On Monday, Valve announced plans to change the team reviews function in an attempt to further legitimize the system.
Many of the changes involve a new filtering system. Users can place preferences on language, positive or negative reviews, and purchase source. The main focus on the changes revolve around that final point.
Steam keys are a widely used and distributed source for PC games. Developers have always been free to give or sell keys through other outlets. Amazon is among the most commonly used storefront, but developer sites and Humble Bundle have also been used to distribute keys.
However, after looking into the relationship between key sources and review scores, Valve found that at least 160 games with high reviews were activated more often with CD keys compared to scores from purchases off Steam itself.
“In many cases, the abuse is clear and obvious,” Valve said in the post, “such as duplicated and/or generated reviews in large batches, or reviews from accounts linked to the developer. In those cases, we’ve now taken action by banning the false reviews and will be ending business relationships with developers that continue violating our rules.”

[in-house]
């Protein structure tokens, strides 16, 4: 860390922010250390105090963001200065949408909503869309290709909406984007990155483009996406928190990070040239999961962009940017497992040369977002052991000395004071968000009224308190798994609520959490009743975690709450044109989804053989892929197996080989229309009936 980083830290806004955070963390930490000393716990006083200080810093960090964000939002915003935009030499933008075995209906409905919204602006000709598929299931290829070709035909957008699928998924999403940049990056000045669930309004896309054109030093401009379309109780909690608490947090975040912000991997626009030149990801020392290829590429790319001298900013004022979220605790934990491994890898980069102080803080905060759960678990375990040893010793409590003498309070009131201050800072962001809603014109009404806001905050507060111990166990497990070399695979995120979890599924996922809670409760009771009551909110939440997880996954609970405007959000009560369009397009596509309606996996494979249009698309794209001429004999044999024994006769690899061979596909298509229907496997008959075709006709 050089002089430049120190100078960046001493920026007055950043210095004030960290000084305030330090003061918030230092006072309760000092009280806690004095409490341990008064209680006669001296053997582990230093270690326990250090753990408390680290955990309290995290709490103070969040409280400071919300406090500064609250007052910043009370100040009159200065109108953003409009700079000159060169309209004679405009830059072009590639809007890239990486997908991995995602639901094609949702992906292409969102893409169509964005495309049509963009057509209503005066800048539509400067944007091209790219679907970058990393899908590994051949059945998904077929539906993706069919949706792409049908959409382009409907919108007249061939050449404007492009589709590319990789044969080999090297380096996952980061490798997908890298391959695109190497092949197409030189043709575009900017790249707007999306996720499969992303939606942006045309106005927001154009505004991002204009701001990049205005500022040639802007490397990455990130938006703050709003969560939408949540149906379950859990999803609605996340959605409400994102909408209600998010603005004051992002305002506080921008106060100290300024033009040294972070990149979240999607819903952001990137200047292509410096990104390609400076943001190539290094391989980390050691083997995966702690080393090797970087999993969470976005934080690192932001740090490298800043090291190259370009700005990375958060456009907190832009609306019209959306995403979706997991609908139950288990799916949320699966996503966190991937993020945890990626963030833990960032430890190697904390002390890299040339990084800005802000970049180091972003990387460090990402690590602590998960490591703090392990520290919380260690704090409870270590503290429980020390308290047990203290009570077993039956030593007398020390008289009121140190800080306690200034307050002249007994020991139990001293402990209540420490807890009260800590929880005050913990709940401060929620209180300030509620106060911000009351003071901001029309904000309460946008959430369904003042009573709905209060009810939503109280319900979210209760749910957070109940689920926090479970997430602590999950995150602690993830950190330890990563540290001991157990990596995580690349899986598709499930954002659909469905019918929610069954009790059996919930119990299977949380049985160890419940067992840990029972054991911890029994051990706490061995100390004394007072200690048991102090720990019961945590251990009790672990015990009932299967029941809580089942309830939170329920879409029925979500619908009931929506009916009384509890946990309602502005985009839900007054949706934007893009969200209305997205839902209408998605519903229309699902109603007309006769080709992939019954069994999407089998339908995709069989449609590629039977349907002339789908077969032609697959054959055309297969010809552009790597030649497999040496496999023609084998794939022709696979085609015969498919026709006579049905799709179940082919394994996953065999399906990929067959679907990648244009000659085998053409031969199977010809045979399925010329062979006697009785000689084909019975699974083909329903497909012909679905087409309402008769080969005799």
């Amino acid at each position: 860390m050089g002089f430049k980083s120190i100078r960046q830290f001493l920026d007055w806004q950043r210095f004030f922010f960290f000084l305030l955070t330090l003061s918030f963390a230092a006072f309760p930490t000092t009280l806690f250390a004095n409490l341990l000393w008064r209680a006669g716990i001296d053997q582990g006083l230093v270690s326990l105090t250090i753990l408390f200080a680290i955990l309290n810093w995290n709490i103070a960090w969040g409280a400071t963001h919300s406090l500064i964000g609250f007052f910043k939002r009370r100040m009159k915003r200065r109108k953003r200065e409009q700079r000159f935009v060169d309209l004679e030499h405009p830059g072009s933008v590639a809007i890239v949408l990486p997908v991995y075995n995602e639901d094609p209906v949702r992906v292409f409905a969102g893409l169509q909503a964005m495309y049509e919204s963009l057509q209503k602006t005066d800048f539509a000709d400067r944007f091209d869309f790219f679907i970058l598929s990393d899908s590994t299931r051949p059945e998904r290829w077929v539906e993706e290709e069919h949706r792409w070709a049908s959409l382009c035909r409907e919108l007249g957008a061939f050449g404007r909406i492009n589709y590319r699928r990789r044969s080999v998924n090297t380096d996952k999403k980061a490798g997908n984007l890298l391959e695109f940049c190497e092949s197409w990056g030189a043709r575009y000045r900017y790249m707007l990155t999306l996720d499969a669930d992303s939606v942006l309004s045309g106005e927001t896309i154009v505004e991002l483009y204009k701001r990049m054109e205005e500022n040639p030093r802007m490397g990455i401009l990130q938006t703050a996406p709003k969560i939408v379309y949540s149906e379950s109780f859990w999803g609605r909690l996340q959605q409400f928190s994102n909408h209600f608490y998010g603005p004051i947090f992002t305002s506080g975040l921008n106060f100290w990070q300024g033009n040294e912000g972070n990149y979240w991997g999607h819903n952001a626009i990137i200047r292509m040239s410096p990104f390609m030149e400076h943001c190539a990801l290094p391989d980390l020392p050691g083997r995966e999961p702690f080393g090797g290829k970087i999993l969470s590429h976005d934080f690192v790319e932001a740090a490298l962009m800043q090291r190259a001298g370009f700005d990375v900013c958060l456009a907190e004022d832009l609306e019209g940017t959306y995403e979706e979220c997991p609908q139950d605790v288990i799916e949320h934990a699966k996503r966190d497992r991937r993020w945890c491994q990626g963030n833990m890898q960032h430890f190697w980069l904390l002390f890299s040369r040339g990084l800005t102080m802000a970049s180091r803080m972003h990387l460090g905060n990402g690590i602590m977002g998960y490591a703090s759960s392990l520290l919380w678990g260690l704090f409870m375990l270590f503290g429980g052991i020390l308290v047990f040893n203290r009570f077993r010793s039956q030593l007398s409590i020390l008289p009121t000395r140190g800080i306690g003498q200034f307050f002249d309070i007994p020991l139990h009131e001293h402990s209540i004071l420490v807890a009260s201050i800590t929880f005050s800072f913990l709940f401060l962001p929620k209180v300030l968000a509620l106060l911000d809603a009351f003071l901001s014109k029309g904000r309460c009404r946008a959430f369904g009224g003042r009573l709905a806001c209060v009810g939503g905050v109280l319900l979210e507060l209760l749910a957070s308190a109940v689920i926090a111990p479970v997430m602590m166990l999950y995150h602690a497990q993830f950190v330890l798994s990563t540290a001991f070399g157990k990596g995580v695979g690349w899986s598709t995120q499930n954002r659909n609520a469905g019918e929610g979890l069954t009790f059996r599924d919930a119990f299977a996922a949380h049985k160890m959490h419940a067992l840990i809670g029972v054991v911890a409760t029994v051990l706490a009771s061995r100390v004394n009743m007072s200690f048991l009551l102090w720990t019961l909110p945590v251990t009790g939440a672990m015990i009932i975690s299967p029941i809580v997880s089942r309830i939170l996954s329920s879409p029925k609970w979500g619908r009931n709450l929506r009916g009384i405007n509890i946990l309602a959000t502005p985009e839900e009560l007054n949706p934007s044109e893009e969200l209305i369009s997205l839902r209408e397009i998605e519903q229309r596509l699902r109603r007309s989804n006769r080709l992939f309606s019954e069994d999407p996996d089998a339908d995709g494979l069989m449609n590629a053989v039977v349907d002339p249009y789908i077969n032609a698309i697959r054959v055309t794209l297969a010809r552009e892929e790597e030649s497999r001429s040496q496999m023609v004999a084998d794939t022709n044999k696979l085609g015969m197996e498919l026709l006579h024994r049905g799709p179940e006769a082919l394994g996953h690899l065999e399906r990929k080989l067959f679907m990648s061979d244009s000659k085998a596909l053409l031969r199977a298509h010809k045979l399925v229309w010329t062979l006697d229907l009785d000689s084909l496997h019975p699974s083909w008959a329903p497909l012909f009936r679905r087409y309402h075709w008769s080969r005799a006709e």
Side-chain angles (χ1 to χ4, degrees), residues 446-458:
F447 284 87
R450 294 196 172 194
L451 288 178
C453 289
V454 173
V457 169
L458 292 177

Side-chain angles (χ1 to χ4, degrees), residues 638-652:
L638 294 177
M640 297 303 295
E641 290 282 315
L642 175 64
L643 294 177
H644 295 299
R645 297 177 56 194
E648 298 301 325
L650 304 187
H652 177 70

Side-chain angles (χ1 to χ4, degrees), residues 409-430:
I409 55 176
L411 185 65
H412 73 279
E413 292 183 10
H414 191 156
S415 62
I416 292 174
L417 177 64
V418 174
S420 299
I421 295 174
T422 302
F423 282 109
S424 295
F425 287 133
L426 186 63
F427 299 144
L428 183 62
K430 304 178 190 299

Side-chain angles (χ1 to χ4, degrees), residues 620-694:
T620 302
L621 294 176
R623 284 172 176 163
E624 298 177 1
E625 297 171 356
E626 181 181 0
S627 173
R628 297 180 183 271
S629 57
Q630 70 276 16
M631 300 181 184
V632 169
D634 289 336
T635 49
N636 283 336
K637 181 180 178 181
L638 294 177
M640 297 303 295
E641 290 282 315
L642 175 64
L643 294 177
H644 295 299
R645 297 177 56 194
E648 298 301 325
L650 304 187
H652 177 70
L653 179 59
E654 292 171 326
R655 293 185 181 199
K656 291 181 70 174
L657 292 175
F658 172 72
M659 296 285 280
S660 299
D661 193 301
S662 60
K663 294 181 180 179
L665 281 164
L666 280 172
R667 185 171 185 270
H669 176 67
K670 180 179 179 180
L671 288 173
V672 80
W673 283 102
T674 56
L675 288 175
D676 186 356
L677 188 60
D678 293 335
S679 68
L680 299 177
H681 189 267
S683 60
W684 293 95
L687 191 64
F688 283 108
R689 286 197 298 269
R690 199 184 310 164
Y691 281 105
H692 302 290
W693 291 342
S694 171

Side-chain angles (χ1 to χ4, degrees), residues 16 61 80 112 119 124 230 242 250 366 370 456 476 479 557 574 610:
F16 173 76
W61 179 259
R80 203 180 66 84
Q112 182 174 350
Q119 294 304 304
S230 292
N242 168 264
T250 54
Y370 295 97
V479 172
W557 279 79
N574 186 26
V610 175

Valve isn’t claiming all those games’ scores are the result of planted reviews, but through this new filtering process, they hope to curb the influence those practices have.
“There are, of course, legitimate reasons why this could be true for a game. Some games have strong audiences off Steam, and some games have passionate, early adopters or Kickstarter backers that are much more invested in the game.”
To reflect this new focus on Steam purchased games, Valve is changing the way aggregate scores are calculated altogether. Essentially, if a game was activated through a key, any review for it won’t count. Reviews will still be visible on the store page for the masses to read, but the top percentage will be unaffected.
“About 200 titles that only had one or two reviews will no longer have a score at all until a review is written by a customer that purchased that item via Steam.”
Smaller independent games will predominately be the most affected by this change since many of their initial sales aren’t through Steam.
The review system on Steam is often fluctuating and changing to combat fraudulent reviews, influence from the grey market of game sales, and to just generally make the experience more helpful to users.
“We know that Steam customer reviews can only be valuable in aiding you as long as you can trust the data we’re presenting.”